Cover Design by Rebecca Hamilton
Young teen Richie Lyons is having an uneventful summer, playing games with his friends. He even has a birthday on the way. However, his uneventful life is shattered when he wakes up, on the morning of his thirteenth birthday, with a list of names pounding through his brain. A list that contains the names of those he cares about most. As if that wasn’t enough, he keeps having a recurring waking dream of a fire that is threatening to take the life of his mom and sister.
Richie must fight to understand this recurring list and the visions he is having. Are they prophetic, foretelling an actual occurrence, or a waking nightmare threatening his sanity? In addition, what does the list have to do with the newest local ministry and the strange pastor who came to Richie’s door?
The more Richie discovers, the less he understands.
When Richie finally begins to understand, it may be too late for himself and everyone else that he cares about.
There is one thing Richie knows for certain.
He may have to grow up much faster than he ever wanted to grow, because there is something very wrong with his visions, and there is something frightening about the list of five.
The Li5t of Five will release September 29th!
| || |
J. Scott Sharp has been writing for much of his considerable life, but only just now decided to take it seriously at 47. This makes him a little crazy. At least his wife Marti and his two dogs, Sumo and Tnur think so.
He has his Associates degree in psychology, which qualifies him for nothing except understanding what you're thinking. At least he likes to think so. He also thinks he understands what you're feeling, but that's a whole other problem.
He lives in Arizona where he splits his time between watching TV on DVD, working, and writing. His hobbies include stage and close-up magic and reading until his eyes won't stay open. Closed eyes make it harder to do stage magic, but he tries.
He is the author of short stories Not Even There, Three Blackbirds, and Cold-blooded
The List of Five is his first novella.
"Suicide" is such a heavy word. It weighs on my heart and past, anchoring me to the present. It reminds me of what I've been through and where I've come from. I know that I can continue on, because I have, even through the darkest times.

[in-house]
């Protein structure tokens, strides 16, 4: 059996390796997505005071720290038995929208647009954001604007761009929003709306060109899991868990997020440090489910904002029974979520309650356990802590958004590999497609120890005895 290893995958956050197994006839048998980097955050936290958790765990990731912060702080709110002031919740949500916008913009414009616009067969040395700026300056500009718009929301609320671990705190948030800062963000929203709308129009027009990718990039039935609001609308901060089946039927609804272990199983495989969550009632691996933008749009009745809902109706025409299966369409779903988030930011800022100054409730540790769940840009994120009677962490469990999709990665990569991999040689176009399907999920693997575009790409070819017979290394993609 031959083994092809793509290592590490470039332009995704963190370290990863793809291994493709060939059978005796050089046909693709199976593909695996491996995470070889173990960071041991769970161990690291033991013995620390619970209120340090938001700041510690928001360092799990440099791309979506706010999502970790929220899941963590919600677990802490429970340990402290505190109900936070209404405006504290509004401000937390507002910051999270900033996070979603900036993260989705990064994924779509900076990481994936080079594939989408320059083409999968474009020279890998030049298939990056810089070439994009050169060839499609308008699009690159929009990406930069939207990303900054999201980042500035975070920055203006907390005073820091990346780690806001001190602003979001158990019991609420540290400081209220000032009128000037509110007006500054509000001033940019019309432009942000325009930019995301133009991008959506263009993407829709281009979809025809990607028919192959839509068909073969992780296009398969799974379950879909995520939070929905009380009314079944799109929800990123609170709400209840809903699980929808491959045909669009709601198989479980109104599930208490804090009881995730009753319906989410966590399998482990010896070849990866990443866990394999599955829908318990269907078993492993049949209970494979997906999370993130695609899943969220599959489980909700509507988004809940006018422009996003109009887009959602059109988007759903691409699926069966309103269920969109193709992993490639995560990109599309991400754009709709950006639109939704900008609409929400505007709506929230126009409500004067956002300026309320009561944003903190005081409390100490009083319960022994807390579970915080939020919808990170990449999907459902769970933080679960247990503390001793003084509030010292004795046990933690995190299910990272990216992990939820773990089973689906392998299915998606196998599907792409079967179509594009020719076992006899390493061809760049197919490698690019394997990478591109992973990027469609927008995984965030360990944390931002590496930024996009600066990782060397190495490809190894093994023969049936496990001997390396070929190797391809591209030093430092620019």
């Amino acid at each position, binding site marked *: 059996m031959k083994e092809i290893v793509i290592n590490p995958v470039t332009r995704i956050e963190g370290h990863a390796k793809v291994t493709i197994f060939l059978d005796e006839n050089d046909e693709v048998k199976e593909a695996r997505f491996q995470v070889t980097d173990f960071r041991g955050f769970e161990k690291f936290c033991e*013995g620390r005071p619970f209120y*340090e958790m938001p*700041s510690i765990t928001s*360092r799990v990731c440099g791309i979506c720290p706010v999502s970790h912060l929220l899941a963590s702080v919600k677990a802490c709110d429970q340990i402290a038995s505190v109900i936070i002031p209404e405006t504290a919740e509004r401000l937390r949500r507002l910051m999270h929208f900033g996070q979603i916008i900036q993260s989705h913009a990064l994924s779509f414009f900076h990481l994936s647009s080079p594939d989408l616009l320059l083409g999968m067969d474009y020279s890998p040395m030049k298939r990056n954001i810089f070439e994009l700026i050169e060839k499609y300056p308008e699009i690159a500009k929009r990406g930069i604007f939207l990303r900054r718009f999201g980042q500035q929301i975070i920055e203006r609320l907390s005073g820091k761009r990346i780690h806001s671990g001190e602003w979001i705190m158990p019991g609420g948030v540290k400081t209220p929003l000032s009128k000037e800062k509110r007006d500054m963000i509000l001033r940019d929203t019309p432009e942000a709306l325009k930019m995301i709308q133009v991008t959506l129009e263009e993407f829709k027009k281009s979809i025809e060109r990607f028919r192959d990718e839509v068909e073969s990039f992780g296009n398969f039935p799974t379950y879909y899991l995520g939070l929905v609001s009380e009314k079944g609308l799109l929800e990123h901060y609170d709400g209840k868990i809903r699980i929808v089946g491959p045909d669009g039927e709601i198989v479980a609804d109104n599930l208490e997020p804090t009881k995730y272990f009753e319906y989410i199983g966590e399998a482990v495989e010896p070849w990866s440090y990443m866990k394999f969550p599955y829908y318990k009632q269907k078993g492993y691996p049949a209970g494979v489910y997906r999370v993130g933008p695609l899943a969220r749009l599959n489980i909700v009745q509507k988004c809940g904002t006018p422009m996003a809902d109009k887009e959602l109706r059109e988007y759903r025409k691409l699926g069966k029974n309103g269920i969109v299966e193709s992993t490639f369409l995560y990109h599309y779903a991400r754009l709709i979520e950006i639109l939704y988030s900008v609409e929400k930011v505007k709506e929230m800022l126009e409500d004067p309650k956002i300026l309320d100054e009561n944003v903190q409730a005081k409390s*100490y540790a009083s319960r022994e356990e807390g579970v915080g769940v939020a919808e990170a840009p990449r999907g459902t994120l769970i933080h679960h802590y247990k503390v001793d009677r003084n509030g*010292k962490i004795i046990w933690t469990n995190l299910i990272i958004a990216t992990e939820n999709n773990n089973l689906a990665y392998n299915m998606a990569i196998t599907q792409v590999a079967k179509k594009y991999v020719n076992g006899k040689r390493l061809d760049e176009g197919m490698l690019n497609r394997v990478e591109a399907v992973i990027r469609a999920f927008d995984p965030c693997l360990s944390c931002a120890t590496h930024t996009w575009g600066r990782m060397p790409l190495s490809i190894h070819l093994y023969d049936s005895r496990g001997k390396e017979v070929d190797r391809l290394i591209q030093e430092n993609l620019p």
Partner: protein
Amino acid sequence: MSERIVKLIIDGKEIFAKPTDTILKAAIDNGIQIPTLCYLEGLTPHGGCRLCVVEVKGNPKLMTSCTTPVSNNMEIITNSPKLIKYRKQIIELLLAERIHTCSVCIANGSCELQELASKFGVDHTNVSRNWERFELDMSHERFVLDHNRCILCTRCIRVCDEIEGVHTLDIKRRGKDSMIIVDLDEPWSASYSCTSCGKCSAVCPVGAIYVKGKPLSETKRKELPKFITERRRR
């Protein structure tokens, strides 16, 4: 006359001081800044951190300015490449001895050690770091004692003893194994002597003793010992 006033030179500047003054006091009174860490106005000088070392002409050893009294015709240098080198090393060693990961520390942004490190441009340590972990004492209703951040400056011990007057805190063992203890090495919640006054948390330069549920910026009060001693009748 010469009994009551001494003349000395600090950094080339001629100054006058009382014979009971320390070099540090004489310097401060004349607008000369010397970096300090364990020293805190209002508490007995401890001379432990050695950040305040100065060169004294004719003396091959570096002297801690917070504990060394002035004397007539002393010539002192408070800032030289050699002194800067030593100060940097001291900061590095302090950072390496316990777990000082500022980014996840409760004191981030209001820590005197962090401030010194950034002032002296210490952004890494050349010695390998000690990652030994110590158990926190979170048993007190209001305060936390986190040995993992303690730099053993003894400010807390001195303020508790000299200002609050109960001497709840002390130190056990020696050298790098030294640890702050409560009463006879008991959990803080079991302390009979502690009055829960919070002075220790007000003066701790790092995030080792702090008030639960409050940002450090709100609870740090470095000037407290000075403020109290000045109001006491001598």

I have depression—and I always will. It's one of those things that run on both sides of my family, like breast cancer, only we don't talk about it as much. We talk about how many women in our family have struggled with breast cancer and how we should all get mammograms, but we never talk about how we also struggle with anxiety and depression. No one ever suggested that I should see a therapist if I start feeling overwhelmed.
Instead, society has led us to believe that if your mind is sick, you are crazy and worthless. In reality, many valuable members of society have depression
. J.K. Rowling, a talented author, has depression. Actress Uma Thurman and singer/songwriter Sheryl Crow have depression. Even Abraham Lincoln suffered from it! Why, then, do we shove this subject under the rug?
I think that suicide is a symptom of depression, and if we only took better care of each other, we would lose less amazing people. In some ways, my depression has made me a better person. I am more sensitive to others' emotions and stronger mentally after everything I've been through. I have wanted to take my life in the past, but made it out of those dark times thanks to the support and love from my family and friends.
The worst thing that can happen to you when you're depressed is to feel even more alone. Sometimes, being alone can be a good thing, but when you are hurting so much inside, you might not know how to reach out. In 2008, I created a pen pal support group for people with depression. The project was wildly successful, and hundreds of letters and emails were sent across the world. By reaching out to each other, we all became less alone.